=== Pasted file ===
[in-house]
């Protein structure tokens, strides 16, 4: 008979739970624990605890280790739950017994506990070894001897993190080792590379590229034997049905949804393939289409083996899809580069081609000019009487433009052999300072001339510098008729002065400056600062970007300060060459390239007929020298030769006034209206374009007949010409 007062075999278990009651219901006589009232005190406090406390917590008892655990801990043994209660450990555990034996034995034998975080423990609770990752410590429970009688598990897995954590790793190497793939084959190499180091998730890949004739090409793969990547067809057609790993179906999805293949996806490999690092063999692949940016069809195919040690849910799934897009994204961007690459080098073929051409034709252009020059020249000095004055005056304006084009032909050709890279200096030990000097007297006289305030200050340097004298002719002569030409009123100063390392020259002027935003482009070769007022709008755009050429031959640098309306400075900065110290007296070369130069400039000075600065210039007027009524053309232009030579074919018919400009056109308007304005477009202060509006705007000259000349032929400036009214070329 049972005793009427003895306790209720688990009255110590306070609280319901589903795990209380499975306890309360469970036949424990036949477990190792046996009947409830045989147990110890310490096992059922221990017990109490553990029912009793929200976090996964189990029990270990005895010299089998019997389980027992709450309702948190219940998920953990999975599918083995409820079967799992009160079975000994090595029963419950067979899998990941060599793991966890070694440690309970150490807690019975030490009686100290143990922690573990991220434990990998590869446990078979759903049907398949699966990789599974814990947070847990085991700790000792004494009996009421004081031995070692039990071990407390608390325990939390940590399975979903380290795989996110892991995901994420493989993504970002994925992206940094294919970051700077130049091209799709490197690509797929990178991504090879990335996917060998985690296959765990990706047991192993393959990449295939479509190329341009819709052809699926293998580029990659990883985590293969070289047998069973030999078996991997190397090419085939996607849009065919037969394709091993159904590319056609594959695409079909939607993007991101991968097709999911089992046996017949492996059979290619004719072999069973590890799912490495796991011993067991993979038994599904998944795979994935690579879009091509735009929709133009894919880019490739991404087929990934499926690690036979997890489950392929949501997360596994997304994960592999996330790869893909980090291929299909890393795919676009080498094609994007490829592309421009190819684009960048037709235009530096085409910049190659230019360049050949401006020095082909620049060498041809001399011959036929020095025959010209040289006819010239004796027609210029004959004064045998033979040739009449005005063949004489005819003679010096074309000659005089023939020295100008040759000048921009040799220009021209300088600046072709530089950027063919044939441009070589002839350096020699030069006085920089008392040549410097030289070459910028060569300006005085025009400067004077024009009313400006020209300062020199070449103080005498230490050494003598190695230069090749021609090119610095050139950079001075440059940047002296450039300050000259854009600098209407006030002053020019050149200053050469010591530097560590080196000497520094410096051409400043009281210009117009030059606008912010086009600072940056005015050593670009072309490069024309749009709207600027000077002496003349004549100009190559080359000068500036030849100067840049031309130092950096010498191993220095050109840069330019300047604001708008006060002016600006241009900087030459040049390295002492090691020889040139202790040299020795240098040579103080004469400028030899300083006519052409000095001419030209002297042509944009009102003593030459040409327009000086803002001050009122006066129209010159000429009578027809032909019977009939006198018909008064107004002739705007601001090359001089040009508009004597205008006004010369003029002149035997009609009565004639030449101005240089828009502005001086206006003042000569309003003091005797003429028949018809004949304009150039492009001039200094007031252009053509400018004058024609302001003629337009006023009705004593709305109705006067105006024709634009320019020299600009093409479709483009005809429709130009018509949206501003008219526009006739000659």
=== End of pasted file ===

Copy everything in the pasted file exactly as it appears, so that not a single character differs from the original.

[in-house]
């Protein structure tokens, strides 16, 4: 008979739970624990605890280790739950017994506990070894001897993190080792590379590229034997049905949804393939289409083996899809580069081609000019009487433009052999300072001339510098008729002065400056600062970007300060060459390239007929020298030769006034209206374009007949010409 007062075999278990009651219901006589009232005190406090406390917590008892655990801990043994209660450990555990034996034995034998975080423990609770990752410590429970009688598990897995954590790793190497793939084959190499180091998730890949004739090409793969990547067809057609790993179906999805293949996806490999690092063999692949940016069809195919040690849910799934897009994204961007690459080098073929051409034709252009020059020249000095004055005056304006084009032909050709890279200096030990000097007297006289305030200050340097004298002719002569030409009123100063390392020259002027935003482009070769007022709008755009050429031959640098309306400075900065110290007296070369130069400039000075600065210039007027009524053309232009030579074919018919400009056109308007304005477009202060509006705007000259000349032929400036009214070329 049972005793009427003895306790209720688990009255110590306070609280319901589903795990209380499975306890309360469970036949424990036949477990190792046996009947409830045989147990110890310490096992059922221990017990109490553990029912009793929200976090996964189990029990270990005895010299089998019997389980027992709450309702948190219940998920953990999975599918083995409820079967799992009160079975000994090595029963419950067979899998990941060599793991966890070694440690309970150490807690019975030490009686100290143990922690573990991220434990990998590869446990078979759903049907398949699966990789599974814990947070847990085991700790000792004494009996009421004081031995070692039990071990407390608390325990939390940590399975979903380290795989996110892991995901994420493989993504970002994925992206940094294919970051700077130049091209799709490197690509797929990178991504090879990335996917060998985690296959765990990706047991192993393959990449295939479509190329341009819709052809699926293998580029990659990883985590293969070289047998069973030999078996991997190397090419085939996607849009065919037969394709091993159904590319056609594959695409079909939607993007991101991968097709999911089992046996017949492996059979290619004719072999069973590890799912490495796991011993067991993979038994599904998944795979994935690579879009091509735009929709133009894919880019490739991404087929990934499926690690036979997890489950392929949501997360596994997304994960592999996330790869893909980090291929299909890393795919676009080498094609994007490829592309421009190819684009960048037709235009530096085409910049190659230019360049050949401006020095082909620049060498041809001399011959036929020095025959010209040289006819010239004796027609210029004959004064045998033979040739009449005005063949004489005819003679010096074309000659005089023939020295100008040759000048921009040799220009021209300088600046072709530089950027063919044939441009070589002839350096020699030069006085920089008392040549410097030289070459910028060569300006005085025009400067004077024009009313400006020209300062020199070449103080005498230490050494003598190695230069090749021609090119610095050139950079001075440059940047002296450039300050000259854009600098209407006030002053020019050149200053050469010591530097560590080196000497520094410096051409400043009281210009117009030059606008912010086009600072940056005015050593670009072309490069024309749009709207600027000077002496003349004549100009190559080359000068500036030849100067840049031309130092950096010498191993220095050109840069330019300047604001708008006060002016600006241009900087030459040049390295002492090691020889040139202790040299020795240098040579103080004469400028030899300083006519052409000095001419030209002297042509944009009102003593030459040409327009000086803002001050009122006066129209010159000429009578027809032909019977009939006198018909008064107004002739705007601001090359001089040009508009004597205008006004010369003029002149035997009609009565004639030449101005240089828009502005001086206006003042000569309003003091005797003429028949018809004949304009150039492009001039200094007031252009053509400018004058024609302001003629337009006023009705004593709305109705006067105006024709634009320019020299600009093409479709483009005809429709130009018509949206501003008219526009006739000659």